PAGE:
Wild ornamentals like daffodils, primroses and violets can transform your garden into a haven during springtime, says R. Pauline Deborah
Urban gardens are mostly landscaped with horticultural hybrids and commercial ornamentals like the usual frangipanis, adeniums, ixoras, oleanders, balsams and durantas.
But a small portion of the garden devoted to growing wild ornamentals might not only fill your garden with colourful wild flowers that attract butterflies and dragonflies but have also showed tremendous therapeutic potential.
In temperate places, wildflowers like bluebells, button weeds, buttercups, daffodils, honeysuckles, irises, lilies, poppies, primroses, tulips and violets offer a visual treat during springtime in various public routes and also in private gardens. But wild wonders are often bypassed or overlooked in our cities.
The wild ornamentals adapt very easily to home gardens and do not occupy much space. Most of them are small herbs of not more than 15-20 cm in height.
Easily, about 300 species of wild herbs can be spotted in our cities especially in unenviable places like wastelands, institutional campuses, public compounds and uncared areas, a portion of which that has ever remained wild and has escaped the wrath of anthropogenic landscaping with exotic lawn grasses and horticultural products.
The wild herbs are very significant for maintaining ecosystem balance and to sustain food webs but this herbaceous layer is always underappreciated unlike their tree counterparts. These herbs do not require massive spaces and their root systems do not crack buildings. They play a pivotal role in mineral cycling, nitrogen fixation, enriching soil fertility, detoxifying compounds and also provide food for winged visitors like bees, butterflies and moths.
Some plants bear stunningly beautiful flowers and are always found in a patch and not as solitary specimens. Be it the Purple Dayflower (Commelina benghalensis), or pink spade flower (Hybanthus enneaspermus), or popping-pod plant (Ruellia tuberosa), or Ceylon spinach (Talinum triangulare), or yellow-alder (Turnera ulmifolia), or the touch-me-not (Mimosa pudica). Well, the list is endless.
The popping pod plant (Ruellia tuberosa) is a very common herb found in stunning hues of pink and purple (sometimes white too!). A single plant can quickly colonise through its splattering seed dispersal mechanism. Since the pods burst with a crackling noise when they come in contact with moisture, this plant is popularly known as pataasu chedi (cracker plant) in Tamil.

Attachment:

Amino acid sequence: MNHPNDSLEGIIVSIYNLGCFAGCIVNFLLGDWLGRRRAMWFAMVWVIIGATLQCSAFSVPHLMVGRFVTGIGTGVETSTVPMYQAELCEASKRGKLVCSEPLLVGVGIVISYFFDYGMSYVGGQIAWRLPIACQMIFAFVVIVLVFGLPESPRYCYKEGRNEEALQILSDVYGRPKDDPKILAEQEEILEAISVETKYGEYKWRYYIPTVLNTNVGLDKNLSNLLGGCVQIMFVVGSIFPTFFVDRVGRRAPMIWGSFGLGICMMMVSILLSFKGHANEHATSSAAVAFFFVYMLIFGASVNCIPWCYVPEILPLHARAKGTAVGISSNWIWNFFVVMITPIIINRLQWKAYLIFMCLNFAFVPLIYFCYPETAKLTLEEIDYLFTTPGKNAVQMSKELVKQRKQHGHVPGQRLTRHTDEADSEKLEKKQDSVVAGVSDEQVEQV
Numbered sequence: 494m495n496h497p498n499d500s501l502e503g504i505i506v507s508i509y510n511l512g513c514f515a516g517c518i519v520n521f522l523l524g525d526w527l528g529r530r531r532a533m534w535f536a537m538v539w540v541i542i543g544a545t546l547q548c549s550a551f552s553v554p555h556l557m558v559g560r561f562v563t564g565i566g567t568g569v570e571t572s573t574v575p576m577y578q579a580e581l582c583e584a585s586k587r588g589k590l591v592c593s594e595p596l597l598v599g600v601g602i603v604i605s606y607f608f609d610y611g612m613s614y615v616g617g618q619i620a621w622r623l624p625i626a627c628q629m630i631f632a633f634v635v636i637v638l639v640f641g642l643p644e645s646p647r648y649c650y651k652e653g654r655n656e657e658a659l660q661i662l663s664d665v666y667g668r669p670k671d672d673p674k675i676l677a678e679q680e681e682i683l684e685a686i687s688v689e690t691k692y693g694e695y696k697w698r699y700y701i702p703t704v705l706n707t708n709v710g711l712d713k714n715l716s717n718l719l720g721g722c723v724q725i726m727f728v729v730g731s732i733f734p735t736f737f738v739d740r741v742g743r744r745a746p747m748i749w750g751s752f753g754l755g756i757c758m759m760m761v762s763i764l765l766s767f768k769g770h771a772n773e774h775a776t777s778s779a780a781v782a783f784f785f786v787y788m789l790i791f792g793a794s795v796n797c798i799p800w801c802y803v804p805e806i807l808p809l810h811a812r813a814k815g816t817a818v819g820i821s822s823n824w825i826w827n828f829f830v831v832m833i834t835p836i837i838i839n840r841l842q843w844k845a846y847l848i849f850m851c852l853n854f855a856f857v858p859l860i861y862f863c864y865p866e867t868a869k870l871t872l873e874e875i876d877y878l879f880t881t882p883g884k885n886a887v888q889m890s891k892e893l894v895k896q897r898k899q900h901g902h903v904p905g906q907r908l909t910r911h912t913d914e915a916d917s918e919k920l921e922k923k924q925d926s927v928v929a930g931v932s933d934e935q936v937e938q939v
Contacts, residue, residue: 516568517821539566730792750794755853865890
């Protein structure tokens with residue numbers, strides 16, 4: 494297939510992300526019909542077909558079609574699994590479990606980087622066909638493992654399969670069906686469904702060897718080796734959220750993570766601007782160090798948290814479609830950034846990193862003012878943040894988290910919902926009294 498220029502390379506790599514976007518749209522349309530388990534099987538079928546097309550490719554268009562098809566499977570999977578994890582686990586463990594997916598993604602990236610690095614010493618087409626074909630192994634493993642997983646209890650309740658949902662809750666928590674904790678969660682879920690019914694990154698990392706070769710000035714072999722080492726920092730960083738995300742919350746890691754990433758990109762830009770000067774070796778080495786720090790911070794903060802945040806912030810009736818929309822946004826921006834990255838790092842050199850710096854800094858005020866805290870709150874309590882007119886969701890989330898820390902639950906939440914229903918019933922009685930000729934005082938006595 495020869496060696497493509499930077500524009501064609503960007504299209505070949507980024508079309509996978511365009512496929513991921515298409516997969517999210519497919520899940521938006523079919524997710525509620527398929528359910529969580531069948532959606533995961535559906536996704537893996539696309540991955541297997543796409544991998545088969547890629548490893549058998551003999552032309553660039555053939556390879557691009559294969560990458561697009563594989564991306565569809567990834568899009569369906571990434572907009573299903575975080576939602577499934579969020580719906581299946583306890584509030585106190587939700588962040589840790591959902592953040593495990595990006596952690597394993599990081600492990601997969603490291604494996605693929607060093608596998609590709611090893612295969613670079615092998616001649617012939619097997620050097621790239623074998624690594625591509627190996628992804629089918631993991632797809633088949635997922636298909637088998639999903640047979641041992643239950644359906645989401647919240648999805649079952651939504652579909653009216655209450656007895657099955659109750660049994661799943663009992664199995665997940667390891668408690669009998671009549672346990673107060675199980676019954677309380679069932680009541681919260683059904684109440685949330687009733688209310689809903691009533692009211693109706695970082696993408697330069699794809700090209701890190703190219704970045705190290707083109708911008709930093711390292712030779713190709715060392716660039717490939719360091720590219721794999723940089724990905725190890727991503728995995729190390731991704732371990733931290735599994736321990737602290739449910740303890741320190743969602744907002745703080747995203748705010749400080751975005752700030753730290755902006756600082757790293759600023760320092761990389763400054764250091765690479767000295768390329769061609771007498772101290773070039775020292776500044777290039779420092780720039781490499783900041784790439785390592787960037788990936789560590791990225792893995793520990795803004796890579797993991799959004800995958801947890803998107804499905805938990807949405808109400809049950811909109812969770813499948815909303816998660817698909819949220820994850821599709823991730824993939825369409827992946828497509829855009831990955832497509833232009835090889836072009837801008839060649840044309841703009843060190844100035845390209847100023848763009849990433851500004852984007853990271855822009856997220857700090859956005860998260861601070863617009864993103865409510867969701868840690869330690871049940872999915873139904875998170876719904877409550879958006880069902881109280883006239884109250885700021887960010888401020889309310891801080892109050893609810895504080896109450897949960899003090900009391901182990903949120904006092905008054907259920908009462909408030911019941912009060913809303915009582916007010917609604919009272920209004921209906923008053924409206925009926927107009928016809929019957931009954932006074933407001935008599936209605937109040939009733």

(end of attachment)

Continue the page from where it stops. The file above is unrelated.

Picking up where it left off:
A remarkable resemblance to buttercups, the yellow alders (Turnera ulmifolia) are found in shades of cream. This flower has a beautiful and a generous streak of yellow and a subtle dash of purple in the centre of the corolla and is a preferred host plant for Tawny Coster butterflies.
The bright blue flowers of butterfly-pea (Clitoria ternatea), commonly known as Sangupushpam in Tamil is a very common sight amidst shrubby wastelands. Interestingly, a food-dye is extracted from the flowers.
The wild herbs colonize an area very quickly and transform it into a hub of buzzing activity with pollinators. One of the most common weeds that attract butterflies is the coat-button plant (Tridax procumbens), a tiny plant, which is a great favourite for many low-flying butterflies and can be considered as one of the best options for a butterfly garden.
Another wild plant that attracts a lot of blue-tiger butterflies are the pyramid flowers (Melochia pyramidata). This exotic weed is quite rare but offers copious food for different species of butterflies. Even the common lantana (Lantana camara) is often frequented by multi-coloured butterflies. The milkweed plant (Calotropis gigantea), another common plant of the wasteland serves as a host for the painted grasshoppers, which are a sight to behold. When these flowers vanish because of various anthropogenic reasons, they nonchalantly take away with them their insect friends as well thus ensuring a drab sterility to the region.
The wild flowers not only have attractive flowers and foliage but are also easy to care for. In fact, they require little care, since they have not been pampered like horticultural plants and so can grow easily by taking care of their own needs. Growing these plants in your garden will certainly facilitate a natural science laboratory for kids who will be able to learn and appreciate the biodiversity in their own gardens.
Many urbanites consider these wild flowers as just invasive weeds but actually these have many fascinating attributes that belies their diminutive stature. And most of them are just disappearing because of their struggle to find a niche in concrete jungles, reminiscing William Wordsworth’s poem -
"Though nothing can bring back the hour
Of splendor in the grass, of glory in the flower;
We will grieve not, rather find
Strength in what remains behind"
The writer is a botanist and Assistant Professor, Department of Plant Biology, Women’s Christian College